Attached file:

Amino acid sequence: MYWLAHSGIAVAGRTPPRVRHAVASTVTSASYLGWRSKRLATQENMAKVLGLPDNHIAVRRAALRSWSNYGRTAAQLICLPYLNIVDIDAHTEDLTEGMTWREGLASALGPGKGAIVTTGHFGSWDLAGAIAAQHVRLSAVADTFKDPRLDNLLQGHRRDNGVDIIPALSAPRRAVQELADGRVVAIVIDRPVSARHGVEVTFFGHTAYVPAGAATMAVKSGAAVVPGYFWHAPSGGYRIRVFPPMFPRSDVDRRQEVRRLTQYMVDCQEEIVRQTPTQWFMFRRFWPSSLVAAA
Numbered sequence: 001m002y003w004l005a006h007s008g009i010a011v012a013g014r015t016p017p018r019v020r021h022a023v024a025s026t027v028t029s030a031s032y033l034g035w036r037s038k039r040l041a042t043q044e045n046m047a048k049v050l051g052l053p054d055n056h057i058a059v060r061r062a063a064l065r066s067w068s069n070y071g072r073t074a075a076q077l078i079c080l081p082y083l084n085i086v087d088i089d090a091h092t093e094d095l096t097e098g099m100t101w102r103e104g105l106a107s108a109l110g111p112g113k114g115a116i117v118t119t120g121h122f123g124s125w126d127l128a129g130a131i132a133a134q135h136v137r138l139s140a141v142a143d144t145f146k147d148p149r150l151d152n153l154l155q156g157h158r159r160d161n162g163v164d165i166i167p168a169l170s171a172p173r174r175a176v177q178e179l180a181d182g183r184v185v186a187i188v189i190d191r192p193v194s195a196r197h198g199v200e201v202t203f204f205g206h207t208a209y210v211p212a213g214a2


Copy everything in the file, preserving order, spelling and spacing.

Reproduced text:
Amino acid sequence: MYWLAHSGIAVAGRTPPRVRHAVASTVTSASYLGWRSKRLATQENMAKVLGLPDNHIAVRRAALRSWSNYGRTAAQLICLPYLNIVDIDAHTEDLTEGMTWREGLASALGPGKGAIVTTGHFGSWDLAGAIAAQHVRLSAVADTFKDPRLDNLLQGHRRDNGVDIIPALSAPRRAVQELADGRVVAIVIDRPVSARHGVEVTFFGHTAYVPAGAATMAVKSGAAVVPGYFWHAPSGGYRIRVFPPMFPRSDVDRRQEVRRLTQYMVDCQEEIVRQTPTQWFMFRRFWPSSLVAAA
Numbered sequence: 001m002y003w004l005a006h007s008g009i010a011v012a013g014r015t016p017p018r019v020r021h022a023v024a025s026t027v028t029s030a031s032y033l034g035w036r037s038k039r040l041a042t043q044e045n046m047a048k049v050l051g052l053p054d055n056h057i058a059v060r061r062a063a064l065r066s067w068s069n070y071g072r073t074a075a076q077l078i079c080l081p082y083l084n085i086v087d088i089d090a091h092t093e094d095l096t097e098g099m100t101w102r103e104g105l106a107s108a109l110g111p112g113k114g115a116i117v118t119t120g121h122f123g124s125w126d127l128a129g130a131i132a133a134q135h136v137r138l139s140a141v142a143d144t145f146k147d148p149r150l151d152n153l154l155q156g157h158r159r160d161n162g163v164d165i166i167p168a169l170s171a172p173r174r175a176v177q178e179l180a181d182g183r184v185v186a187i188v189i190d191r192p193v194s195a196r197h198g199v200e201v202t203f204f205g206h207t208a209y210v211p212a213g214a2